Willmar's long tradition continues with annual count
WILLMAR -- This weather really is not for the birds, but it was quite a bit better when 23 volunteers continued a long-standing tradition in the Willmar area by participating in the National Audubon Society's Christmas Bird Count.
The volunteers spotted 48 different species and a total of 3,991 individuals during the Dec. 19, 2009 count, according to a recent report by coordinators Joel Halbritter and Joel Schmidt.
The 23 volunteers included 16 who went afield with binoculars in hand, and seven who kept watch at their bird feeders.
The coordinators reported that the 2009 count brings to 100 the total number of species seen over the 49-year history of the Christmas Bird Count in the Willmar area.
This year saw a new species added to the list of birds observed: a Eurasian collared dove. The birds are native to Asia but were introduced to the Bahamas in 1970, spread to Florida and have been expanding their range in North America ever since, according to the National Audubon Society.
The number of birds counted is slightly above the average, but counts vary from year to year. This year's count came after a cold snap that had pushed many of the migratory waterfowl out of the area, the coordinators noted. Only eight Canada geese were observed, whereas in some years they can number in the hundreds.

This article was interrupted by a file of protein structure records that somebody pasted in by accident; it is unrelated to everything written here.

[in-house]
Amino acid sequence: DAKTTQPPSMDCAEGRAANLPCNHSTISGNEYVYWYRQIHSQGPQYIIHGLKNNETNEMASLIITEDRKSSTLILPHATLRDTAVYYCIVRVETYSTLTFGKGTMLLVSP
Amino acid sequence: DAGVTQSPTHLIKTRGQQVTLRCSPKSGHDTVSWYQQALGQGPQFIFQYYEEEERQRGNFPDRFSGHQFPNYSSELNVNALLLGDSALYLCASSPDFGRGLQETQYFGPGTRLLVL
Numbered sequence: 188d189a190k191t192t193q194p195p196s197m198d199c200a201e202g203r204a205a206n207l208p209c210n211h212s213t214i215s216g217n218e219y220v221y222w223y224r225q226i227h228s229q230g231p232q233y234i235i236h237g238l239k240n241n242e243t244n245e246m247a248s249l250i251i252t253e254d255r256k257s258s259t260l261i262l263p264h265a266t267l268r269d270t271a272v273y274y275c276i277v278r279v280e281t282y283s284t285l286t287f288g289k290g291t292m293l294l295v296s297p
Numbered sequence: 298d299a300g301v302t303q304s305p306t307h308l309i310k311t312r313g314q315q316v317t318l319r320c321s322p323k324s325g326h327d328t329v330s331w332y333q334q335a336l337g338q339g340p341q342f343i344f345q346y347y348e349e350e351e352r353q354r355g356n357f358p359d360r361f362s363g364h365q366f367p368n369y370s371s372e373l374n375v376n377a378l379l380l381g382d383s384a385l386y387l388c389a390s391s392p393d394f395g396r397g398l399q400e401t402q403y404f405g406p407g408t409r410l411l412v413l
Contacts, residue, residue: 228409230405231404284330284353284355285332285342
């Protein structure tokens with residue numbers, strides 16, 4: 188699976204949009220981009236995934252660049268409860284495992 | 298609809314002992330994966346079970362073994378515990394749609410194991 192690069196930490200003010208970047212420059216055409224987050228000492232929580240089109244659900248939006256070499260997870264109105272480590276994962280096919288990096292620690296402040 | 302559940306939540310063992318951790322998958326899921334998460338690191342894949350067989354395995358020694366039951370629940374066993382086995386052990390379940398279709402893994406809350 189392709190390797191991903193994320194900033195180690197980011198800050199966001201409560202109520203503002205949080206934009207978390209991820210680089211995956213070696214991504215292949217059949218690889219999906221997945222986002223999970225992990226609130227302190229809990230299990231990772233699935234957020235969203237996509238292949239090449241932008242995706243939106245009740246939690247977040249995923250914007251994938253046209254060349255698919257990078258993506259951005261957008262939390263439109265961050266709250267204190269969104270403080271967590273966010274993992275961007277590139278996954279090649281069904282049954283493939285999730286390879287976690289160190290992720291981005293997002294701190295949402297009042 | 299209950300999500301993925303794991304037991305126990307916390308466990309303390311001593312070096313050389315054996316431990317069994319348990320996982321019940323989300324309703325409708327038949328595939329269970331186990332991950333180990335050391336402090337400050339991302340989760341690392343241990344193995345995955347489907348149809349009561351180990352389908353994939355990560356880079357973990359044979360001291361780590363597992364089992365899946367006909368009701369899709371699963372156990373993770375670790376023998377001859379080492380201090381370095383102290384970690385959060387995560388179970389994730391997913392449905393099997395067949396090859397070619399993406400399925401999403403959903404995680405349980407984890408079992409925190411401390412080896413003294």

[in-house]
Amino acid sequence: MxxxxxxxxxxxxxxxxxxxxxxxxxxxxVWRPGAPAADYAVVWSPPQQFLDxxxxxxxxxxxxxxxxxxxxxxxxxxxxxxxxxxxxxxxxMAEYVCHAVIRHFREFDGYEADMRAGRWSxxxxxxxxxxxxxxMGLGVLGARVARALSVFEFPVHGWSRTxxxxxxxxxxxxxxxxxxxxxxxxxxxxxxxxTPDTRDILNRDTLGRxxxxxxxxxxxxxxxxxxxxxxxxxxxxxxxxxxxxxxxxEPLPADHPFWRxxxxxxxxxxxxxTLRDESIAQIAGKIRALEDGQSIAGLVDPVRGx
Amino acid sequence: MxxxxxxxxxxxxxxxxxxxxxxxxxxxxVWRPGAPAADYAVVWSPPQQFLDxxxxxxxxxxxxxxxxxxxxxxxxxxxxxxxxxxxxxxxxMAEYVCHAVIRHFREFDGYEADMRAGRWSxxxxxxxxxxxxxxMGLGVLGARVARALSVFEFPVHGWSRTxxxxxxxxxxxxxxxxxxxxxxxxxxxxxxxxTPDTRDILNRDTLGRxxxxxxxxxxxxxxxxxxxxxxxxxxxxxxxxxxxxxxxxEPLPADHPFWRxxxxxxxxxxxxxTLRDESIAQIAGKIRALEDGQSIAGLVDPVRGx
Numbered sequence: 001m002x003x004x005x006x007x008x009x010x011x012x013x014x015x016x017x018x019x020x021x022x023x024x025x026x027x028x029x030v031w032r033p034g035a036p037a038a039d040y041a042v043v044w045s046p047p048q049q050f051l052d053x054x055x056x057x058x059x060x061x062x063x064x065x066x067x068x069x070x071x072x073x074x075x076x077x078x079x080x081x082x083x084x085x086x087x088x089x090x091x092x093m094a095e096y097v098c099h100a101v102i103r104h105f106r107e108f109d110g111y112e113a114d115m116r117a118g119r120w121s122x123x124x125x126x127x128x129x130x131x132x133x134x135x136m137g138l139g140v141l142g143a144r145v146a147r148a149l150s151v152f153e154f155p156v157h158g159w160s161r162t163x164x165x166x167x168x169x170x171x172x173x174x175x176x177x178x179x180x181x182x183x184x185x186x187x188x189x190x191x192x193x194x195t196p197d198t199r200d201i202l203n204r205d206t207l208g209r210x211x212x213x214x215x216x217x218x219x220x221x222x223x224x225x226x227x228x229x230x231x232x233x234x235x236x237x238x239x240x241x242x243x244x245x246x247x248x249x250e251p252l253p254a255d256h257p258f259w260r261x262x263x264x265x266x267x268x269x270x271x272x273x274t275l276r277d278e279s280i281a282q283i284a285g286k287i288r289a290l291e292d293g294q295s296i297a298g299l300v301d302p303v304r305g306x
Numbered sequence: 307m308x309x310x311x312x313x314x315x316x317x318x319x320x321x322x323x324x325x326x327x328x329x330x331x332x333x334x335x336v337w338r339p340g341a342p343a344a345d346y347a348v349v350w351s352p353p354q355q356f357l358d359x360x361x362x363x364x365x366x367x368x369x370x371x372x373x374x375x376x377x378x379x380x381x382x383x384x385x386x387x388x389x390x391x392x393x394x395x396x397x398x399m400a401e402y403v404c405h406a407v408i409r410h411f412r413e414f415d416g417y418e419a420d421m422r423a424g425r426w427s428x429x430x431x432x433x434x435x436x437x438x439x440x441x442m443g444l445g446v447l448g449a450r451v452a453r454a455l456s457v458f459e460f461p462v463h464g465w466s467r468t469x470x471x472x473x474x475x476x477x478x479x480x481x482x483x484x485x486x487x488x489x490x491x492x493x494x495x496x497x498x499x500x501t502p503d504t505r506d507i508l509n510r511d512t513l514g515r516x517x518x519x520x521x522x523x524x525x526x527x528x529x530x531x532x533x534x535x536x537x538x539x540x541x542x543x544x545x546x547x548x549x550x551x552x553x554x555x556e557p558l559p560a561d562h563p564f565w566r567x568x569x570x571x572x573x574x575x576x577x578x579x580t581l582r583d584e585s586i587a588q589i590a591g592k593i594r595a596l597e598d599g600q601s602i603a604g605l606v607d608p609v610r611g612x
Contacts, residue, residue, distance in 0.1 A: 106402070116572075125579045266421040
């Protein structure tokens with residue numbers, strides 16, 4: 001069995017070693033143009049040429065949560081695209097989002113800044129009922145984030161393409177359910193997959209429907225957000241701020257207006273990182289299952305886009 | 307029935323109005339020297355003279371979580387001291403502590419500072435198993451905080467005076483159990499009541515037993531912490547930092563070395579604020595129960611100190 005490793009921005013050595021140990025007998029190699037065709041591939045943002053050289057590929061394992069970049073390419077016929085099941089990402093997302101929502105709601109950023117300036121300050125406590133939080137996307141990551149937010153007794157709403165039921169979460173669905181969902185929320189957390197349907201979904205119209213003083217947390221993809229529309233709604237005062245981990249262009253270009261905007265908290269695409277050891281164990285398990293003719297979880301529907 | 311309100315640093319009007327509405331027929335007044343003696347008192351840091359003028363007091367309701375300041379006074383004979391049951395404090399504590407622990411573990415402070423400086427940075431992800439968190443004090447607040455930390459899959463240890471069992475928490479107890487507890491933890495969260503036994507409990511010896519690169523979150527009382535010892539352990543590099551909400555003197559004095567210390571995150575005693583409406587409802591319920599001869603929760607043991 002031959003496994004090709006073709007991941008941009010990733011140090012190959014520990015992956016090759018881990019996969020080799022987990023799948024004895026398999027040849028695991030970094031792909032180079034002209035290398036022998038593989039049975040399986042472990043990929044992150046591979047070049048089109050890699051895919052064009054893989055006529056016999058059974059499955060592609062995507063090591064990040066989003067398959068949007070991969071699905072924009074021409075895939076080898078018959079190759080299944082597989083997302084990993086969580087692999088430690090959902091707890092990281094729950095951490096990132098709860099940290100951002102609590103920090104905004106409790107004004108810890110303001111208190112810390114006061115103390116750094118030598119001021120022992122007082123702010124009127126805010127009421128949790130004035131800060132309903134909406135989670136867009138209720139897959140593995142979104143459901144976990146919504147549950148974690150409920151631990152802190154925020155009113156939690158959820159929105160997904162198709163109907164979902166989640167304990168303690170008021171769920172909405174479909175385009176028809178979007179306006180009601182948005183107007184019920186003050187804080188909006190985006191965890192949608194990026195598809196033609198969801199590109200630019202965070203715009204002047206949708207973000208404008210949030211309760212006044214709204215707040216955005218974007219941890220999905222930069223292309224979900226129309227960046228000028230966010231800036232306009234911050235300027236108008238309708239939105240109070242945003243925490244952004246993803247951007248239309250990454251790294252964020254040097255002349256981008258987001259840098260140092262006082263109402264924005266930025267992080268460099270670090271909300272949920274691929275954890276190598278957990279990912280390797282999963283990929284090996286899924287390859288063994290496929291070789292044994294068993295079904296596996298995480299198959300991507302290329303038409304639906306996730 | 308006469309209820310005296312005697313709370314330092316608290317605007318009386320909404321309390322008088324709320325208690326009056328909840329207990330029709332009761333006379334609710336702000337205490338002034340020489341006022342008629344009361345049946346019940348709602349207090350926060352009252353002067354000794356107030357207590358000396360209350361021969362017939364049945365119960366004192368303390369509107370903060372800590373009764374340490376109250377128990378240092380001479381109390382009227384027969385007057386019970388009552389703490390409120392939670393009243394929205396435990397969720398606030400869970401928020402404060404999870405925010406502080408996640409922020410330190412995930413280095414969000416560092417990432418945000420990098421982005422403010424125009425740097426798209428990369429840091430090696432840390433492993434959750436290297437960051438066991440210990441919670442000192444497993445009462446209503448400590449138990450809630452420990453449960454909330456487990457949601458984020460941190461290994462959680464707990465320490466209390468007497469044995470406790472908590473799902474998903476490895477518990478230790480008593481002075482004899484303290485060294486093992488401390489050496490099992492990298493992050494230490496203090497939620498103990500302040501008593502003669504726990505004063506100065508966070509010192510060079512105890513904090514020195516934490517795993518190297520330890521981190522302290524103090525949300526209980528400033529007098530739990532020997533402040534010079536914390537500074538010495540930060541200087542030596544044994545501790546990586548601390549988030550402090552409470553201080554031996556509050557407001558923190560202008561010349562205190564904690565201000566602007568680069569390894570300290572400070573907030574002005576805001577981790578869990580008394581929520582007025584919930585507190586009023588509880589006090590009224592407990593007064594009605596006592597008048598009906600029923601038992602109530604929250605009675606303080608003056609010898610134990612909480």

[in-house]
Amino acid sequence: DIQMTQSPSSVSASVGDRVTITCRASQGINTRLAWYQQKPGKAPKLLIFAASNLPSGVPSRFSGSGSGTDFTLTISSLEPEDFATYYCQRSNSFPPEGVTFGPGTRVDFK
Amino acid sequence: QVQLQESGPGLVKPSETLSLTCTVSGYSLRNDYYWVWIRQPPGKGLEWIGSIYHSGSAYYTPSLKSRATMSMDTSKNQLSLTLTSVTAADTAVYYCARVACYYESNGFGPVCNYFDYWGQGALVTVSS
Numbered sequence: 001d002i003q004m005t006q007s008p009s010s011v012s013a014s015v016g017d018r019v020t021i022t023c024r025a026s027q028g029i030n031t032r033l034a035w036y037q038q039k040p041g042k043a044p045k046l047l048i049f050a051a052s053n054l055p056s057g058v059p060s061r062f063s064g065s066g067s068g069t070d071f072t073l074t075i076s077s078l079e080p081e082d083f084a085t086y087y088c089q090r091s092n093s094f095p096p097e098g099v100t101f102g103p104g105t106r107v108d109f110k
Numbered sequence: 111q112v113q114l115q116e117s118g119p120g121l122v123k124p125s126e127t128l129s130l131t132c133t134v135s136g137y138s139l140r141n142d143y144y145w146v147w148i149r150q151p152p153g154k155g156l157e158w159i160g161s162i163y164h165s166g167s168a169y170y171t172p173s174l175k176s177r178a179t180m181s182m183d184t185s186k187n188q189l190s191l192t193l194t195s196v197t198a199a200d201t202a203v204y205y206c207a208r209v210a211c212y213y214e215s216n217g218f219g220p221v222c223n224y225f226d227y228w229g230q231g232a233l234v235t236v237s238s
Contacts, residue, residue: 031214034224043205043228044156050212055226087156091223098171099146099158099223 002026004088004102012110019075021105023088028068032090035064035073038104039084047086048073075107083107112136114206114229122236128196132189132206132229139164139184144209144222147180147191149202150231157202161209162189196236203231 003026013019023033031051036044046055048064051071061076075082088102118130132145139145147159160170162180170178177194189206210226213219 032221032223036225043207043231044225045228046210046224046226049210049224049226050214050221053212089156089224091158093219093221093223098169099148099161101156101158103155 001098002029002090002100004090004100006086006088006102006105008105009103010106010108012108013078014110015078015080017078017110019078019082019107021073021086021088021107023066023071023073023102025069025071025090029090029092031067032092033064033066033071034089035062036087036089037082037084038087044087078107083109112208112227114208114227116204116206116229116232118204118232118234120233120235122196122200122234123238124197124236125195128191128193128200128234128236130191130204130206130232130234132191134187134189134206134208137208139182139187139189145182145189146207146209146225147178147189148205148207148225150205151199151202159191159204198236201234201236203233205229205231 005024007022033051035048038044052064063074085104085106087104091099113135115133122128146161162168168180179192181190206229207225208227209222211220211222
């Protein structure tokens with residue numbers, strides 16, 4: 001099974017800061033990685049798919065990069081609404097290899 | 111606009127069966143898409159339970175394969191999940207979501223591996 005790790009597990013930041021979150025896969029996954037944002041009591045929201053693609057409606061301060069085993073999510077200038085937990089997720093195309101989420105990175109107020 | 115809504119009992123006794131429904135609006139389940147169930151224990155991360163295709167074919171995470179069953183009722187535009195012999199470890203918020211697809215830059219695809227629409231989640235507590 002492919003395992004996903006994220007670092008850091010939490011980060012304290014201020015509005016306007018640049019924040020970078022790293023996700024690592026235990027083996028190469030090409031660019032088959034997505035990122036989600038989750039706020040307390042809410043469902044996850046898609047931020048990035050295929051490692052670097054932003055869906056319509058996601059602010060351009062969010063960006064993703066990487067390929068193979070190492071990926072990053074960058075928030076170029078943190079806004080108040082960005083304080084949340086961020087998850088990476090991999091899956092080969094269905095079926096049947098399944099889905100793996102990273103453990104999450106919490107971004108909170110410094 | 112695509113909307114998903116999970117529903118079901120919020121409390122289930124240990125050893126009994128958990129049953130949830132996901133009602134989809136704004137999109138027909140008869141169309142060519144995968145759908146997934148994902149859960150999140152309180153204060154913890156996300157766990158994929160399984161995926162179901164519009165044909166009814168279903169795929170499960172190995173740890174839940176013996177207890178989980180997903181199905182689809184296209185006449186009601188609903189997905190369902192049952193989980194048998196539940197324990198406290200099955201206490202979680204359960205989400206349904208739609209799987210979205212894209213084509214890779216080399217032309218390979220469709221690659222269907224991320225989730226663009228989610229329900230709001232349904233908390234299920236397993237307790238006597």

To be sure, the volunteers spotted lots of the familiar species, everything from pheasants and turkeys to backyard regulars like sparrows and robins.
The volunteers were also rewarded for their efforts with the opportunity to spot pileated woodpeckers, red-tailed hawks, bald eagles, northern flickers and this year, lots and lots of cedar waxwings. Exactly 638 of the distinctive, masked birds were seen.
The National Audubon Society has been conducting the Christmas Bird Count for 110 years. The count is credited with helping identify trends in bird populations, and the spread of introduced species.